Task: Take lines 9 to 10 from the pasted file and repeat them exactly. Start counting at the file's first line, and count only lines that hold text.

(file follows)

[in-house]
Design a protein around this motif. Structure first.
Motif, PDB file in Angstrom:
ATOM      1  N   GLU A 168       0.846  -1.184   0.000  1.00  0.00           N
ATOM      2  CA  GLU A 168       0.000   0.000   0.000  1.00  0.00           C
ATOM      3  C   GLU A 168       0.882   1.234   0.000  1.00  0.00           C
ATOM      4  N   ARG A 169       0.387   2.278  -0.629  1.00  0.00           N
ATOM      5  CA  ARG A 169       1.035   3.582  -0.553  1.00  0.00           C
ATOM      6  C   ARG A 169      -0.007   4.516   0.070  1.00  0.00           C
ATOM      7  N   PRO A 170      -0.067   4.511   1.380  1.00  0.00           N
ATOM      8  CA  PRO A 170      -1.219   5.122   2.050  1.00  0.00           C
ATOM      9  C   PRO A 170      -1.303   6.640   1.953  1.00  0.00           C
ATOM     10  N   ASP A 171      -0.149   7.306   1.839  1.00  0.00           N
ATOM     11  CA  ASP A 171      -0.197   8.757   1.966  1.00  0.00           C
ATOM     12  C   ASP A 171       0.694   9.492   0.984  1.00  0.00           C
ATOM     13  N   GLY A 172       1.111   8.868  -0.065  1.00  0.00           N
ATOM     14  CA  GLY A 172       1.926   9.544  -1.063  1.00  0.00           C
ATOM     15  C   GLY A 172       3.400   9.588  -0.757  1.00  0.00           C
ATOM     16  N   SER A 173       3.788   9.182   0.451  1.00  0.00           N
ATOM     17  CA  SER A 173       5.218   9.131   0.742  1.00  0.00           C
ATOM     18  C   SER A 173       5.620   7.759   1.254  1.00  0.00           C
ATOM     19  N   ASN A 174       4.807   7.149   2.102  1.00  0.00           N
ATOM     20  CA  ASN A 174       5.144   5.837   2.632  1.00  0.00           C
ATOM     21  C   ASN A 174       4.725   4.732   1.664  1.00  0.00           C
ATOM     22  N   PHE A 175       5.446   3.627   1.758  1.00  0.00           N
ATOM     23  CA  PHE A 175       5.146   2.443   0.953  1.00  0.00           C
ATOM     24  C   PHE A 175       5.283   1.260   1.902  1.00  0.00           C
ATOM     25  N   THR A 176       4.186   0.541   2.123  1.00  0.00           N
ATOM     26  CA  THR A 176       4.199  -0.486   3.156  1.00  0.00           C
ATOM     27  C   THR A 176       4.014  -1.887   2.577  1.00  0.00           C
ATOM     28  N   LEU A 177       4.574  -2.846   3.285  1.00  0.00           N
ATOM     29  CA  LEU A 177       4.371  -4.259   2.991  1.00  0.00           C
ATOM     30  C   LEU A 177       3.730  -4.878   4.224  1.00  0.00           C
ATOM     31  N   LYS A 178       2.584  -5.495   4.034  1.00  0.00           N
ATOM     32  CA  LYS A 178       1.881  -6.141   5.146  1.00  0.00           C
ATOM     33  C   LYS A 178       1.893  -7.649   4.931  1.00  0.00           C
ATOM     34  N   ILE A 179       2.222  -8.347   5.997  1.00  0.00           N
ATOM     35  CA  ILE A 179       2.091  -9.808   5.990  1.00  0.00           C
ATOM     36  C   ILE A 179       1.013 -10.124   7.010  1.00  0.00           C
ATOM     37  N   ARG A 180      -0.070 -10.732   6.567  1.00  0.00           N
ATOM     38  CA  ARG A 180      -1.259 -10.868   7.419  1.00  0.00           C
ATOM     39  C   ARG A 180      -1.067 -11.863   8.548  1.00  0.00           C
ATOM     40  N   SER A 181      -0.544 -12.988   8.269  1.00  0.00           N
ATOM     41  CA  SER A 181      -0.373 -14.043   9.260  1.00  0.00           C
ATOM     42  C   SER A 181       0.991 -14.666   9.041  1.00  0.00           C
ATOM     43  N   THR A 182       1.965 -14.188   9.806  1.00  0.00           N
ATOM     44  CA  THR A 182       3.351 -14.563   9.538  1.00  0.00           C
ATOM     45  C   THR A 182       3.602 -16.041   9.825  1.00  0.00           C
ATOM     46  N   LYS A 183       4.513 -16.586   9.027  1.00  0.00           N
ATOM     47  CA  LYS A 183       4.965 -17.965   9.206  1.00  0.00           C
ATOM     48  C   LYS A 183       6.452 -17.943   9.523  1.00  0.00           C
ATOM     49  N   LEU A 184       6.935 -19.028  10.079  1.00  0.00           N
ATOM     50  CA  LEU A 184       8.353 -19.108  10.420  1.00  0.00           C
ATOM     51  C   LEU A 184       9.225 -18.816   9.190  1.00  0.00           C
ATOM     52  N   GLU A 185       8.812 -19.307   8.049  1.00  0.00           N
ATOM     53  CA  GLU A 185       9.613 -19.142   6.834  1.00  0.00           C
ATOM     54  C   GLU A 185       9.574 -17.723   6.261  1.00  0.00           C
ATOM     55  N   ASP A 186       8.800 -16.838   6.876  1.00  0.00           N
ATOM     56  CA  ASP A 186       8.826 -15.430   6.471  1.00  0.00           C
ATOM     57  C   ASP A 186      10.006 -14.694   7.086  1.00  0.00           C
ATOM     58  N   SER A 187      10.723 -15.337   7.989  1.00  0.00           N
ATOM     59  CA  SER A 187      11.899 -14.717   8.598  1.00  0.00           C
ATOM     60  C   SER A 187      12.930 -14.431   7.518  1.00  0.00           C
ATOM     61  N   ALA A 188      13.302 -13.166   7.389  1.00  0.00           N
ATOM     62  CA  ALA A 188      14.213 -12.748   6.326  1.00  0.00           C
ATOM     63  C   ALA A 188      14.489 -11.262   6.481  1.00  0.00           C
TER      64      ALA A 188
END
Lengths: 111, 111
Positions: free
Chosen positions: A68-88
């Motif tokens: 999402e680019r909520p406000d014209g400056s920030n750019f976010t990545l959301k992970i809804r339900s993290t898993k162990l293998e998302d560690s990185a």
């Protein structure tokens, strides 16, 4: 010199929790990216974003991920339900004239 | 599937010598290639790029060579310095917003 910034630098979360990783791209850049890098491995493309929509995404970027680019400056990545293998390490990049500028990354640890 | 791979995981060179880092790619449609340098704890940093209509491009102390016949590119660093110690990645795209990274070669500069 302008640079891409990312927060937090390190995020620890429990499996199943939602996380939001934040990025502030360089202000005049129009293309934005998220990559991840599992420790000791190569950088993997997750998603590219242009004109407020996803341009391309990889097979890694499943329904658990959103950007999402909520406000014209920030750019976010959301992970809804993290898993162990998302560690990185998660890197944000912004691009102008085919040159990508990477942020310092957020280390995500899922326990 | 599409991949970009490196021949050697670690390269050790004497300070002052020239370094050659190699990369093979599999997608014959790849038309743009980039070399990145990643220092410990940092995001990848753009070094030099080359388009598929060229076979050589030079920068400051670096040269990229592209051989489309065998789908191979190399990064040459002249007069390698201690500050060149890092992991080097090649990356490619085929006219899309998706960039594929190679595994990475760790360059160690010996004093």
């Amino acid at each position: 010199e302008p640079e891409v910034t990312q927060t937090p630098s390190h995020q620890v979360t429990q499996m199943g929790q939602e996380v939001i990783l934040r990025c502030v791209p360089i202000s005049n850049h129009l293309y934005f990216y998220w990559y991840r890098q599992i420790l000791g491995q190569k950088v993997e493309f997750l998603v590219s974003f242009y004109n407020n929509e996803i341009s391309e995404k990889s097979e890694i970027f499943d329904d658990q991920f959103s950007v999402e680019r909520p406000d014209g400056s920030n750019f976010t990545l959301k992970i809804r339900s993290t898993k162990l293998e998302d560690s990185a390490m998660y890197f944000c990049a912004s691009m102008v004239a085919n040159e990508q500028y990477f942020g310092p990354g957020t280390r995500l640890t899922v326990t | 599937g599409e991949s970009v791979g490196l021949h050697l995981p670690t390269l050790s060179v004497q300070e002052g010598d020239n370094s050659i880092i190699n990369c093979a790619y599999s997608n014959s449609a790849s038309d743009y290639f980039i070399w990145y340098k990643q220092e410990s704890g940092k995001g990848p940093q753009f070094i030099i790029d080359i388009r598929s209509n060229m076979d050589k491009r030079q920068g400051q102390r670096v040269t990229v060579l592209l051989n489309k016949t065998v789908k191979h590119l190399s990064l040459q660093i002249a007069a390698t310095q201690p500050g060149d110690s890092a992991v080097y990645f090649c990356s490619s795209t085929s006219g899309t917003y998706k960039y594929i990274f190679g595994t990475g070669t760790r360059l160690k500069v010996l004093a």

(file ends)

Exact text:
ATOM      6  C   ARG A 169      -0.007   4.516   0.070  1.00  0.00           C
ATOM      7  N   PRO A 170      -0.067   4.511   1.380  1.00  0.00           N